The location of attractions is intended only as a guide. Distances are 'as the crow flies'.
A traditional county pub on the banks of the river Tamar with views across Plmouth Sound to Drakes Island. Sit by the open fire and enjoy either a quick drink or fresly cooked meal.
A stony, wide sweeping beach with only a small strip above high water. Facilites are available at the nearby Country Park.
An interesting thirteen mile hike along the Cornish Coastal Path with stunning coastal views taking in Mount Edgecombe Country Park and several pretty Cornish villages with obligatory watering holes! Make sure you plan your journey back as public transport in the area is limited.
Together with its twin village, Cawsand, Kingsand is a little piece of holiday heaven. Tiny, twisting streets, a string of three beaches separated by rocks (excellent rockpooling to be had here) and calendar-perfect fishermen’s cottages have inspired many a photographer here. If you’re looking for an oasis of peace, you’ve come to the right place.
Mount Edgcumbe House and Country Park sprawls over 865 acres of the Rame Peninsula. Built in the 16th Century, the house contains 500 years’ worth of history, artefacts and treasures. Explore the house before turning your attention outside and heading out into the grounds and parks, where paths and trails weave their way around picturesque routes. You may even see some of the park’s fallow deer, too.
Wonderful parkland with many walks and beautiful gardens with views of Plymouth.
Staff at Mount Edgcumbe House helpful and informative , interesting house to wander around beautifully maintained.
Exhibitions of original work and a gallery selling prints, glassware and sculpture.
The whole area around Rame Head is a walkers' paradise and the wildlife is abundant. Scenery is magnificent.
Check out the oceans’ strangest creatures and marvel at the beauty of the coral reef. With 50 live exhibits, three massive tanks, over 4000 animals, and six zones to explore- Explorocean, The Shallows, Atlantic Reef, Mediterranean Sea, Weird Creatures and Coral Seas - there’s plenty to keep the family entertained. Budding scientists and ocean explorers will love Explorocean, two floors of interactive exhibits exploring how technology is being used to help us understand and care for our oceans.
We went in the off-season (October) and found it lovely and quiet, with no large school groups or families to contend with. Not the easiest place to find if you don't know Plymouth, though the parking was good. Overall a good location for seeing the Hoe and visiting the prettier parts of Plymouth harbourside.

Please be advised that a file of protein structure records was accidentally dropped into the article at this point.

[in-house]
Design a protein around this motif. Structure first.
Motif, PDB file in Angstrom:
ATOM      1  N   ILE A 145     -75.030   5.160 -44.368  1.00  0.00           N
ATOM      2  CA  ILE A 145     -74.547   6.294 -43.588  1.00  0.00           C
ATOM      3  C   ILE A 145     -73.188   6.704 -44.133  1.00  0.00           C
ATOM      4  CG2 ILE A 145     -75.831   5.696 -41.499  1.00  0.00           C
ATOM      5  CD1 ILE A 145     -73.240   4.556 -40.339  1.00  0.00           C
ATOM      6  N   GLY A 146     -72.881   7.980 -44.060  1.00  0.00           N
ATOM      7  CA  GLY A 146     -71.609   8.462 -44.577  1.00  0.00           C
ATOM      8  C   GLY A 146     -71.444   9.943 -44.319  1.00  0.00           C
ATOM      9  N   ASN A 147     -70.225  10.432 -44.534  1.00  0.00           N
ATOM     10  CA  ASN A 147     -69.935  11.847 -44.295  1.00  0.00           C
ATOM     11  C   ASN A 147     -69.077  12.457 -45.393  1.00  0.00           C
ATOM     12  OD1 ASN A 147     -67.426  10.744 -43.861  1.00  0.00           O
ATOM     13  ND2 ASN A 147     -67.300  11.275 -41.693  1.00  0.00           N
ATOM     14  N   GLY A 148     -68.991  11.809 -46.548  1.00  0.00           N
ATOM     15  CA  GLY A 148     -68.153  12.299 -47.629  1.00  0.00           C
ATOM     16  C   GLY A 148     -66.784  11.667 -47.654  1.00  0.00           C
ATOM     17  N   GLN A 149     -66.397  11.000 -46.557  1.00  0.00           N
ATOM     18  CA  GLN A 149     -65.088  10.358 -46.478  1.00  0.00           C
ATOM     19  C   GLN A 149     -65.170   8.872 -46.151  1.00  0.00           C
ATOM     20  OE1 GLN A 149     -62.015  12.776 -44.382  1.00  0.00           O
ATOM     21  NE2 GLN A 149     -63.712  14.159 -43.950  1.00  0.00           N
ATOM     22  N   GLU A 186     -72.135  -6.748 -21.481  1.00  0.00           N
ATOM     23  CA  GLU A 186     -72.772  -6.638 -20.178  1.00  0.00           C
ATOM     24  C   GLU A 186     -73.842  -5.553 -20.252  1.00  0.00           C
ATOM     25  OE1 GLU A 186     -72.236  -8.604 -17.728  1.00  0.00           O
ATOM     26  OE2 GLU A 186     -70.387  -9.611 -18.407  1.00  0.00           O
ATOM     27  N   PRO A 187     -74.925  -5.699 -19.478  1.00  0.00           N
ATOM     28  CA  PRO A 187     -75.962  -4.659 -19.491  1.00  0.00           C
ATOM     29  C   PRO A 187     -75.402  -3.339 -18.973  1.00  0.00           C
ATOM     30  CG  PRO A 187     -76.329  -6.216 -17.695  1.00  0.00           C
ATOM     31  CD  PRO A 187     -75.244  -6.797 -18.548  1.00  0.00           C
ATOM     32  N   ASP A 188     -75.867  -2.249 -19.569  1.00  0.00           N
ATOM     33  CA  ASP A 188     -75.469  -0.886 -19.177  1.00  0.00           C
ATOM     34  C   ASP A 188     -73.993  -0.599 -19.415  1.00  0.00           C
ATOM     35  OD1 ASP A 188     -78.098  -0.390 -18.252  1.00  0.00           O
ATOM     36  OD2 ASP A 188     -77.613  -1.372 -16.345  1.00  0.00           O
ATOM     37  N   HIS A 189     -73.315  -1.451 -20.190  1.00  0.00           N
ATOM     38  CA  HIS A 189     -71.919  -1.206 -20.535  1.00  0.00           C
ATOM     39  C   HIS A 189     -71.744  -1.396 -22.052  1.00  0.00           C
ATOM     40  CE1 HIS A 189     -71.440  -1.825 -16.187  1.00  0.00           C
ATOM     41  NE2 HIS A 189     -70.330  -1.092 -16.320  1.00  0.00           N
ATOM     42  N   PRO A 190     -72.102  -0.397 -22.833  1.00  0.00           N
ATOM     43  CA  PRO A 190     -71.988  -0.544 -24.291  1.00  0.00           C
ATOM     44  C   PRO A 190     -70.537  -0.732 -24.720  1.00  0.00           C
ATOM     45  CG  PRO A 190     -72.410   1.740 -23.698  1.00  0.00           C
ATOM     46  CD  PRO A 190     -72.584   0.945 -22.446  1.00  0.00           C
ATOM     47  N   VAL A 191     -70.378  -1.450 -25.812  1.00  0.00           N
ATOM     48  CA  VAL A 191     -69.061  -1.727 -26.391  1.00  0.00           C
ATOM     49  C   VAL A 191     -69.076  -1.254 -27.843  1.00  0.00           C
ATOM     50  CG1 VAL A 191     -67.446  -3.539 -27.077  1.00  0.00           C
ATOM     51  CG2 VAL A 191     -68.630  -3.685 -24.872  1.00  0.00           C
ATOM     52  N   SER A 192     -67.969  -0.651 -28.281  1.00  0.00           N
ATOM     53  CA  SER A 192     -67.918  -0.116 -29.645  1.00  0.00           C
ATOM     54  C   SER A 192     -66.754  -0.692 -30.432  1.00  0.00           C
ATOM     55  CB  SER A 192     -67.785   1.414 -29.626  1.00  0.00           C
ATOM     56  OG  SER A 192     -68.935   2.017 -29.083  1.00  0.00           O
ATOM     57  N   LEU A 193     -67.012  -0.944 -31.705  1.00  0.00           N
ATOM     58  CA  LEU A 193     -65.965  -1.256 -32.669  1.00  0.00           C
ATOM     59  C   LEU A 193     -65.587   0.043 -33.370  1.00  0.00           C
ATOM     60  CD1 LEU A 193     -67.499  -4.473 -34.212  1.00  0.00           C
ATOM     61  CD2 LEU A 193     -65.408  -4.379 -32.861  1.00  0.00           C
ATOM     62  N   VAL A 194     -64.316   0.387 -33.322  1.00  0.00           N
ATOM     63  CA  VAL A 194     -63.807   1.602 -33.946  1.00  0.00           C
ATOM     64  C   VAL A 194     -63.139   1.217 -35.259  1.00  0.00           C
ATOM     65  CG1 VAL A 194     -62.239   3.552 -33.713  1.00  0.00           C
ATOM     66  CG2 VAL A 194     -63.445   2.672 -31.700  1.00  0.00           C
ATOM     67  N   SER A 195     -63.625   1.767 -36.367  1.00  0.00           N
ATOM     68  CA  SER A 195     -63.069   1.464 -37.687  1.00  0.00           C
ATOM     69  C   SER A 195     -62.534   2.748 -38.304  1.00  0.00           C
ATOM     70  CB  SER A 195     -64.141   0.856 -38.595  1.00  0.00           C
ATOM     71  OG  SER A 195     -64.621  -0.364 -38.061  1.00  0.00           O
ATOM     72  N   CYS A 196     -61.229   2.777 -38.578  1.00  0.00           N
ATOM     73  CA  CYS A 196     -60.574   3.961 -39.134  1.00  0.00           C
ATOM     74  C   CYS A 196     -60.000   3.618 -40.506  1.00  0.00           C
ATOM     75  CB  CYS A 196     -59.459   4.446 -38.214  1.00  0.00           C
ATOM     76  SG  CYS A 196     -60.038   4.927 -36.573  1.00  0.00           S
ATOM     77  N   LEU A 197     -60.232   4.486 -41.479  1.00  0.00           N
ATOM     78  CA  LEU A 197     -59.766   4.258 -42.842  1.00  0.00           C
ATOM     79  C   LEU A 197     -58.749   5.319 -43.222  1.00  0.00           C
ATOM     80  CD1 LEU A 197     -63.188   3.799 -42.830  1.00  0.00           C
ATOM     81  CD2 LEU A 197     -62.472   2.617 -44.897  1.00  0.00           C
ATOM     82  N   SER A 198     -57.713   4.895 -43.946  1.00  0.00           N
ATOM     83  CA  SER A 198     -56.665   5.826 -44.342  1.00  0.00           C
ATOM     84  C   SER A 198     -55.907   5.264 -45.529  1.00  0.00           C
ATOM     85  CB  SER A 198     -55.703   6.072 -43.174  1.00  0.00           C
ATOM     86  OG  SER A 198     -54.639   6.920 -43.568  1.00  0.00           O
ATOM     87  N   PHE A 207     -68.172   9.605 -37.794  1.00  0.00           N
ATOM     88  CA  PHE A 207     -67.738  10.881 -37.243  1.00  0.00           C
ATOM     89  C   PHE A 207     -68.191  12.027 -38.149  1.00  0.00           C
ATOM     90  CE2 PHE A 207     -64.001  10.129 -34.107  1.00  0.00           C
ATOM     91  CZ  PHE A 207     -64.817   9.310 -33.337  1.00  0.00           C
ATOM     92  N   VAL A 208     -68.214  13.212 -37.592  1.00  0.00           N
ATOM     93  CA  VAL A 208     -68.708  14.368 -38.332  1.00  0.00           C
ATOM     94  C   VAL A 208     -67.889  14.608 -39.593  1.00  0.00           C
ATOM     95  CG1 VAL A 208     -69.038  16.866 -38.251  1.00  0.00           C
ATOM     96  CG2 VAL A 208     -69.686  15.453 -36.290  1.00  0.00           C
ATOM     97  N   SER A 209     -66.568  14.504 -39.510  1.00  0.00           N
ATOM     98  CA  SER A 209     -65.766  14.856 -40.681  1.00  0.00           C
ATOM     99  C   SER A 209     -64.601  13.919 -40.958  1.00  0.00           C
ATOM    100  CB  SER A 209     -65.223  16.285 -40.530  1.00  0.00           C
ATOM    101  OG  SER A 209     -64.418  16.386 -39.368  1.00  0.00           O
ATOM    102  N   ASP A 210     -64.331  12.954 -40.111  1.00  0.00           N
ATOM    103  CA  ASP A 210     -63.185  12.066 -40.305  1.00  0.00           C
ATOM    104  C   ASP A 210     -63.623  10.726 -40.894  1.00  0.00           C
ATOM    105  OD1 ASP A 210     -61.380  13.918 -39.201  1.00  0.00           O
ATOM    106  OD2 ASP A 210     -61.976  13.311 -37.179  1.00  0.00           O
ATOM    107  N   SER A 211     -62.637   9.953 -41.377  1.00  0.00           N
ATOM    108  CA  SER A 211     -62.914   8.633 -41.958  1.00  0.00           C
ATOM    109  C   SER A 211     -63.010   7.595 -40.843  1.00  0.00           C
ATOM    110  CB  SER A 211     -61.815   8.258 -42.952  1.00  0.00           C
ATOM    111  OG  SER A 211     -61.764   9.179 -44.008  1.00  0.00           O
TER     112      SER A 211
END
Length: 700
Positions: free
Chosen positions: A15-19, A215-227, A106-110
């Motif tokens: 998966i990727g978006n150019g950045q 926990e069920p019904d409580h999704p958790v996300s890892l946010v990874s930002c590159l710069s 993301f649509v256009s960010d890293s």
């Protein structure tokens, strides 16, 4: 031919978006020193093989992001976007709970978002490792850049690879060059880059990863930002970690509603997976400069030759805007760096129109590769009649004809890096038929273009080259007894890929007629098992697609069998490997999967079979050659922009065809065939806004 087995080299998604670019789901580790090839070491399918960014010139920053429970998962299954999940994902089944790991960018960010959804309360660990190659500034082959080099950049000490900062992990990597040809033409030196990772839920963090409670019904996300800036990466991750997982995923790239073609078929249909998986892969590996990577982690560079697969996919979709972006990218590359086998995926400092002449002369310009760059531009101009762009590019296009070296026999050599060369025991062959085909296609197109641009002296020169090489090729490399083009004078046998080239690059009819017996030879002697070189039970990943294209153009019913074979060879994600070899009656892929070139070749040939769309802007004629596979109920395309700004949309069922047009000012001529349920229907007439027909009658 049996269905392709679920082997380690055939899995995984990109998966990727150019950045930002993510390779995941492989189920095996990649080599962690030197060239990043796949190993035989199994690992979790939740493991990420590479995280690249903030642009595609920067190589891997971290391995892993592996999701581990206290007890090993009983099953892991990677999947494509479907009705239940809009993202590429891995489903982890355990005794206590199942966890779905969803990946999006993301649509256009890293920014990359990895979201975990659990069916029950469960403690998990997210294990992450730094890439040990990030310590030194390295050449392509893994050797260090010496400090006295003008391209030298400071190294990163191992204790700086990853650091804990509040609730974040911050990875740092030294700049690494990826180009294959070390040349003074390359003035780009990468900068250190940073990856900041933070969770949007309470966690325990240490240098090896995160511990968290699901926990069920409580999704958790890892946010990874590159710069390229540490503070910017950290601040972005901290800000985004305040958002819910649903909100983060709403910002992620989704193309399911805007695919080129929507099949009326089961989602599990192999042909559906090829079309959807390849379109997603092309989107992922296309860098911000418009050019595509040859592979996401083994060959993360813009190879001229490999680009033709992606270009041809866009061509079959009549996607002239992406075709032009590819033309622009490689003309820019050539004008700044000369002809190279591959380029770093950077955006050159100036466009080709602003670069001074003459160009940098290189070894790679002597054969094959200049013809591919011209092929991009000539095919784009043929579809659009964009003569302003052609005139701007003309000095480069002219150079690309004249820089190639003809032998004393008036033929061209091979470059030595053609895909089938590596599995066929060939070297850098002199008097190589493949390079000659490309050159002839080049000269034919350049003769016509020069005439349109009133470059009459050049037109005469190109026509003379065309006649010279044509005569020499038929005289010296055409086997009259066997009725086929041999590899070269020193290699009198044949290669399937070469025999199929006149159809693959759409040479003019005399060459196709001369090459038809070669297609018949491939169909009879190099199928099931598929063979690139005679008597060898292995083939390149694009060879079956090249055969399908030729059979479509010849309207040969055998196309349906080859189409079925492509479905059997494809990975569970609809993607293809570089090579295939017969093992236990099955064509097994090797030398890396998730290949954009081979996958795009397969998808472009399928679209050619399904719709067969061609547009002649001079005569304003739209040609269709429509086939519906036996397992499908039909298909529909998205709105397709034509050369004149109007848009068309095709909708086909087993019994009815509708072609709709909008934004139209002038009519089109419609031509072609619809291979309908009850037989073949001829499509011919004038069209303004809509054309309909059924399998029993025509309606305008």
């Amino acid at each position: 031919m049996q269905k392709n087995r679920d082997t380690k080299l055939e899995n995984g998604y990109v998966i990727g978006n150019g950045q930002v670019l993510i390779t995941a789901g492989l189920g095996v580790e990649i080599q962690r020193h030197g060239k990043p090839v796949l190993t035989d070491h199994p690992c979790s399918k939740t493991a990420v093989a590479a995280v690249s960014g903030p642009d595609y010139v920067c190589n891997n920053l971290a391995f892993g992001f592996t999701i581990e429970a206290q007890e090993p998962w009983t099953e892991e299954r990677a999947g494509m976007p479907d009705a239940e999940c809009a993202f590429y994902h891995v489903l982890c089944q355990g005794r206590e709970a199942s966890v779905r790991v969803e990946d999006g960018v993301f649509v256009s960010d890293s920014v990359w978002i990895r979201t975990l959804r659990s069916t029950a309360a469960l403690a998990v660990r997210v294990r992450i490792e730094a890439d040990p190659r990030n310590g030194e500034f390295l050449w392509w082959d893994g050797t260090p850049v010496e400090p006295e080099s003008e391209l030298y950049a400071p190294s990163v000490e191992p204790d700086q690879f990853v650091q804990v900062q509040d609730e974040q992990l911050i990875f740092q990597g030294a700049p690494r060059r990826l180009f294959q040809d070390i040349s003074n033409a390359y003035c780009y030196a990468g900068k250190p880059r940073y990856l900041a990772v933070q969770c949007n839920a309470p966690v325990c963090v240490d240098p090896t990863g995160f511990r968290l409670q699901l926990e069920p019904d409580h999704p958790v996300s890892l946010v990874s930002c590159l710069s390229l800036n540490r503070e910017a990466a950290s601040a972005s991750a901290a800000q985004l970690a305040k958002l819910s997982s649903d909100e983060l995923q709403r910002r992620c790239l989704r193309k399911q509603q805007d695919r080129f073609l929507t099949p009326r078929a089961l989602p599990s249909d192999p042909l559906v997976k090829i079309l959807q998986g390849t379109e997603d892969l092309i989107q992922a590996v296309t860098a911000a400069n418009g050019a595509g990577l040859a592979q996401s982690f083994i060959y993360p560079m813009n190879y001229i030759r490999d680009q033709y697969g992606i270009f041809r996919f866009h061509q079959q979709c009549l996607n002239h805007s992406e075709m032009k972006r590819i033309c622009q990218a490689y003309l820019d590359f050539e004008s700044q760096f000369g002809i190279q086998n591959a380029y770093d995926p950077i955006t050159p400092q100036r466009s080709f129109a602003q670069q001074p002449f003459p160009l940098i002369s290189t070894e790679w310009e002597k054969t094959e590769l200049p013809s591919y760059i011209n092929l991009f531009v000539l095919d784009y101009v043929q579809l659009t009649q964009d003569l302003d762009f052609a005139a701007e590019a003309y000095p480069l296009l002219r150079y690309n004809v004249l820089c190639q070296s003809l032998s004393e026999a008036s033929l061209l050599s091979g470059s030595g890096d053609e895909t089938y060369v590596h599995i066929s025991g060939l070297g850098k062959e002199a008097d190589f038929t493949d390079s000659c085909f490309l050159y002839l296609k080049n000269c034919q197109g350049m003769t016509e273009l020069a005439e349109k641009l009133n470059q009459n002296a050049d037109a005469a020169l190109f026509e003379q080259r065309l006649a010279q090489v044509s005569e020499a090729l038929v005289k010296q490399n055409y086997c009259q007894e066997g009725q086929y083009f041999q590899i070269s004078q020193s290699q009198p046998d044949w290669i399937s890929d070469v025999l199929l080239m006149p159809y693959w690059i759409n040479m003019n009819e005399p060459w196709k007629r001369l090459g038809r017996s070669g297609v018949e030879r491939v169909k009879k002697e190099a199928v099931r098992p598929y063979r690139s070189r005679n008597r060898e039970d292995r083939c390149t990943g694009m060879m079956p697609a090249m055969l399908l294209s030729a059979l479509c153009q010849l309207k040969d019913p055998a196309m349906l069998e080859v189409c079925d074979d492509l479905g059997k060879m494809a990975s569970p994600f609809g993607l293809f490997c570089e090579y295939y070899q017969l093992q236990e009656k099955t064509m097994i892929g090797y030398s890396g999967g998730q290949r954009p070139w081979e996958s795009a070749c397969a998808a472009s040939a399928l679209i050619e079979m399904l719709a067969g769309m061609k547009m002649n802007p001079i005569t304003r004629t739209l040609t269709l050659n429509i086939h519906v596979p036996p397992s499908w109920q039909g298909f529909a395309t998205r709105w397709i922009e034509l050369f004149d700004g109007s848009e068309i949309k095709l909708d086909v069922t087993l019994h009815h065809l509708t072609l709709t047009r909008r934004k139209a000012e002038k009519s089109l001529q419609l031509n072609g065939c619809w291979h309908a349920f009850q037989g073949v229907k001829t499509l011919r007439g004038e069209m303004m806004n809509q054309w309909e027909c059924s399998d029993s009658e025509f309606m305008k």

The aquarium is of a fair size, but we felt the website was somewhat misleading as to the grandeur of the exhibits. The shark tank felt a bit of a let down, as the viewing wasn't as good as I've seen elsewhere. The design of the place also leads to somewhat unfulfilled expectations, as after the shark tank there is more to see, but it ends quite abruptly at the turtles. With a better route it could definitely be improved, though I give 5* to the quality of the tanks and the health of the animals.
Great for a rainy day
Been twice and the kids loved it both times. Go early on a rainy day in the school holidays as it gets busy.
Bantham Beach is set within an Area of Outstanding Natural Beauty and has numerous awards tucked under its sandy belt. Overlooking Bigbury Bay and Burgh Island, you can take the famous sea tractor and head to the island or sit and enjoy the views from the shore. A great surfing beach, the huge swathes of sand and sea allow plenty of space for everyone. Well-provisioned and life guarded in the summer, Bantham is a fantastic family-friendly beach.
Privately owned beach open to the public. A truly beautiful beach. Wide sands, surfing and wind-surfing, rock pools and a delightfully gentle introduction to the South West Coast Path with views over Burgh Island. No dogs allowed during the summer months. Charge made for car parking.
Great family fun beach
Lovely beach with little coves to hide away in, rock pools and lovely clean sandcastle sand; wide enough for kite buggies, best surfing beach on the south coast along with Bigbury on Sea beach opposite. Burgh Island out to sea with its restored evocative 1930's hotel clinging to the edge was the inspiration for Enid Blyton's Kirrin Island as well as a number of Agatha Christie novels! Dogs allowed on the beach Oct- April and then along the far right hand side (west) during the remainder of the year. Beach balls and skimboards etc plus coffees and teas available from the post office cafe back in the village- great estuary view while sipping away on the deck out back. Lunch or supper in the Sloop pub- best to pre book in season
Beautiful sand and pebble beach, popular with surfers and bodyboarders. Short walk from car park (get there early in summer!) and cafe nearby. Finnygook is the eastern end of Portwrinkle, which itself consists of two beaches and marks the western extremity of Whitsand Bay.
Rain Rain Rain...
...But the cafe was good - fast & friendly service while the rain lashed the outside! Nice walks though.
really great pub! Dog friendly
We took our two dogs there on new years eve for lunch. very friendly, great food and beer.
we also had their take away fish and chips one night which was some of the best fish and chips we have ever had!! well worth a visit!!
Gorgeous sandy beach just the right size for letting children run free while small enough to still keep an eye on them. Convenient car park and small cafe. Slightly off the beaten track so a great place to get away from the crowds.
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Things to do
Things to do